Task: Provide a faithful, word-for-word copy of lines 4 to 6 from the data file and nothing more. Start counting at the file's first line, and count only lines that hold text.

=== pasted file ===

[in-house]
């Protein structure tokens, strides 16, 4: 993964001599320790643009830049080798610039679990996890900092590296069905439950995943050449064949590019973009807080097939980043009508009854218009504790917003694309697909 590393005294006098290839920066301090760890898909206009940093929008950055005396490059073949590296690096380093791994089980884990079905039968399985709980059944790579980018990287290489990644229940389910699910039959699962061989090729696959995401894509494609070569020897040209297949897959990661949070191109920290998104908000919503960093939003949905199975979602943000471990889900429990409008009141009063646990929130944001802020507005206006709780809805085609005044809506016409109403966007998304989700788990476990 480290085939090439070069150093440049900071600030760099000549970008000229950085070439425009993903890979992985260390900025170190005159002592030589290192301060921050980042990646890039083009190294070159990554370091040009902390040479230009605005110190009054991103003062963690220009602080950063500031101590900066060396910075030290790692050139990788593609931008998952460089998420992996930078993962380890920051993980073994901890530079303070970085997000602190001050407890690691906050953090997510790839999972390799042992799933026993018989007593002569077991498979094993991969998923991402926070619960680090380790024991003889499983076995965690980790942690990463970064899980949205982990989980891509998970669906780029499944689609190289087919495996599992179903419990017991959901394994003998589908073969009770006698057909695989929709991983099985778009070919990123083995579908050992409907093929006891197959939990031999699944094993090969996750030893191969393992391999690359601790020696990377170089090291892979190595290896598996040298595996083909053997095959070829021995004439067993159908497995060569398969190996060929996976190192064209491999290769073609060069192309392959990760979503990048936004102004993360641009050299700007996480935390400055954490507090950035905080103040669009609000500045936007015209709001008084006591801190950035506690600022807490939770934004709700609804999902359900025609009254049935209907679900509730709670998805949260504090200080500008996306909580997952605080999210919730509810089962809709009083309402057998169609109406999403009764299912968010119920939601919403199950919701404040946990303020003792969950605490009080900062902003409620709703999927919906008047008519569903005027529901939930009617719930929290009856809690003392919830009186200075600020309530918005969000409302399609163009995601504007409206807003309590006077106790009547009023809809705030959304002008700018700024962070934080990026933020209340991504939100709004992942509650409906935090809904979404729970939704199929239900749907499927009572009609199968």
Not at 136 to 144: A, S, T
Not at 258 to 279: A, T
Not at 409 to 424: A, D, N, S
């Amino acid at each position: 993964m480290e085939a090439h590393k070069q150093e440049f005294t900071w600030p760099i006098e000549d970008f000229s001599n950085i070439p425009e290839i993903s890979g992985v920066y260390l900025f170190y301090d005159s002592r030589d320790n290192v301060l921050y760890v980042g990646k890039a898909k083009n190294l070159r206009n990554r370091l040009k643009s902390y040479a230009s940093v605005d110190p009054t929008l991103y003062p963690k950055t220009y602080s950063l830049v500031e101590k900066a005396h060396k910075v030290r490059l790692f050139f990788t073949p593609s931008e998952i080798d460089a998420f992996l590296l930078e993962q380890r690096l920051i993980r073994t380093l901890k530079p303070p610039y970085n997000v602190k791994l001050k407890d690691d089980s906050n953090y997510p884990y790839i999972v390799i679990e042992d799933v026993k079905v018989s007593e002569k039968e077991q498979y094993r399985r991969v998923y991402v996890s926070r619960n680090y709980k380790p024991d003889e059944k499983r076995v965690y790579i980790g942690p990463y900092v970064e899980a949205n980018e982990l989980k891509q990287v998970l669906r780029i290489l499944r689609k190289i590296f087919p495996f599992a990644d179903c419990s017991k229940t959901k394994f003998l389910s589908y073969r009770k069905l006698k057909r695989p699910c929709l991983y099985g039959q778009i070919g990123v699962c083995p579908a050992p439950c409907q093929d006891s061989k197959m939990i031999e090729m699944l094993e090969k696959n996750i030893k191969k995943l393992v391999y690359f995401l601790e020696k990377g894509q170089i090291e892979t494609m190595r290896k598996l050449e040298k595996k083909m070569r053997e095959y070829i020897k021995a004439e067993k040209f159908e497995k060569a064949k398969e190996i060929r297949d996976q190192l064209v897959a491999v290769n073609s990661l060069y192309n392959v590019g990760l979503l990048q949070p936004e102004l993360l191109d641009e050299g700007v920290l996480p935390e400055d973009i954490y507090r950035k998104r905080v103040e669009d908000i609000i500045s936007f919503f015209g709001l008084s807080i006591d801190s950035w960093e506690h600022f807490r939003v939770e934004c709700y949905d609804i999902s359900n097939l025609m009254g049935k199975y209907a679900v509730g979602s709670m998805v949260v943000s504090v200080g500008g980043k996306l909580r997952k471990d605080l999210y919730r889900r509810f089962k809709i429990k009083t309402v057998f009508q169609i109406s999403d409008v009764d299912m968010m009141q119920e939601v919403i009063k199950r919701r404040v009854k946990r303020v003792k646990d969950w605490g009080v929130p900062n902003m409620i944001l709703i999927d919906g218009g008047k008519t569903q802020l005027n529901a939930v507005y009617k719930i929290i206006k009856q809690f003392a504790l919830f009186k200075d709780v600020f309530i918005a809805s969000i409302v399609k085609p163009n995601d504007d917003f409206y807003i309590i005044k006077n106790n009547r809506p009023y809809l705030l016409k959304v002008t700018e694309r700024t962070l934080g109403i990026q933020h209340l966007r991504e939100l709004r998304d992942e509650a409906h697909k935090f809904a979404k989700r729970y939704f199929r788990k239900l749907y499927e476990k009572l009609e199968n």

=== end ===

Not at 258 to 279: A, T
Not at 409 to 424: A, D, N, S
């Amino acid at each position: 993964m480290e085939a090439h590393k070069q150093e440049f005294t900071w600030p760099i006098e000549d970008f000229s001599n950085i070439p425009e290839i993903s890979g992985v920066y260390l900025f170190y301090d005159s002592r030589d320790n290192v301060l921050y760890v980042g990646k890039a898909k083009n190294l070159r206009n990554r370091l040009k643009s902390y040479a230009s940093v605005d110190p009054t929008l991103y003062p963690k950055t220009y602080s950063l830049v500031e101590k900066a005396h060396k910075v030290r490059l790692f050139f990788t073949p593609s931008e998952i080798d460089a998420f992996l590296l930078e993962q380890r690096l920051i993980r073994t380093l901890k530079p303070p610039y970085n997000v602190k791994l001050k407890d690691d089980s906050n953090y997510p884990y790839i999972v390799i679990e042992d799933v026993k079905v018989s007593e002569k039968e077991q498979y094993r399985r991969v998923y991402v996890s926070r619960n680090y709980k380790p024991d003889e059944k499983r076995v965690y790579i980790g942690p990463y900092v970064e899980a949205n980018e982990l989980k891509q990287v998970l669906r780029i290489l499944r689609k190289i590296f087919p495996f599992a990644d179903c419990s017991k229940t959901k394994f003998l389910s589908y073969r009770k069905l006698k057909r695989p699910c929709l991983y099985g039959q778009i070919g990123v699962c083995p579908a050992p439950c409907q093929d006891s061989k197959m939990i031999e090729m699944l094993e090969k696959n996750i030893k191969k995943l393992v391999y690359f995401l601790e020696k990377g894509q170089i090291e892979t494609m190595r290896k598996l050449e040298k595996k083909m070569r053997e095959y070829i020897k021995a004439e067993k040209f159908e497995k060569a064949k398969e190996i060929r297949d996976q190192l064209v897959a491999v290769n073609s990661l060069y192309n392959v590019g990760l979503l990048q949070p936004e102004l993360l191109d641009e050299g700007v920290l996480p935390e400055d973009i954490y507090r950035k998104r905080v103040e669009d908000i609000i500045s936007f919503f015209g709001l008084s807080i006591d801190s950035w960093e506690h600022f807490r939003v939770e934004c709700y949905d609804i999902s359900n097939l025609m009254g049935k199975y209907a679900v509730g979602s709670m998805v949260v943000s504090v200080g500008g980043k996306l909580r997952k471990d605080l999210y919730r889900r509810f089962k809709i429990k009083t309402v057998f009508q169609i109406s999403d409008v009764d299912m968010m009141q119920e939601v919403i009063k199950r919701r404040v009854k946990r303020v003792k646990d969950w605490g009080v929130p900062n902003m409620i944001l709703i999927d919906g218009g008047k008519t569903q802020l005027n529901a939930v507005y009617k719930i929290i206006k009856q809690f003392a504790l919830f009186k200075d709780v600020f309530i918005a809805s969000i409302v399609k085609p163009n995601d504007d917003f409206y807003i309590i005044k006077n106790n009547r809506p009023y809809l705030l016409k959304v002008t700018e694309r700024t962070l934080g109403i990026q933020h209340l966007r991504e939100l709004r998304d992942e509650a409906h697909k935090f809904a979404k989700r729970y939704f199929r788990k239900l749907y499927e476990k009572l009609e199968n």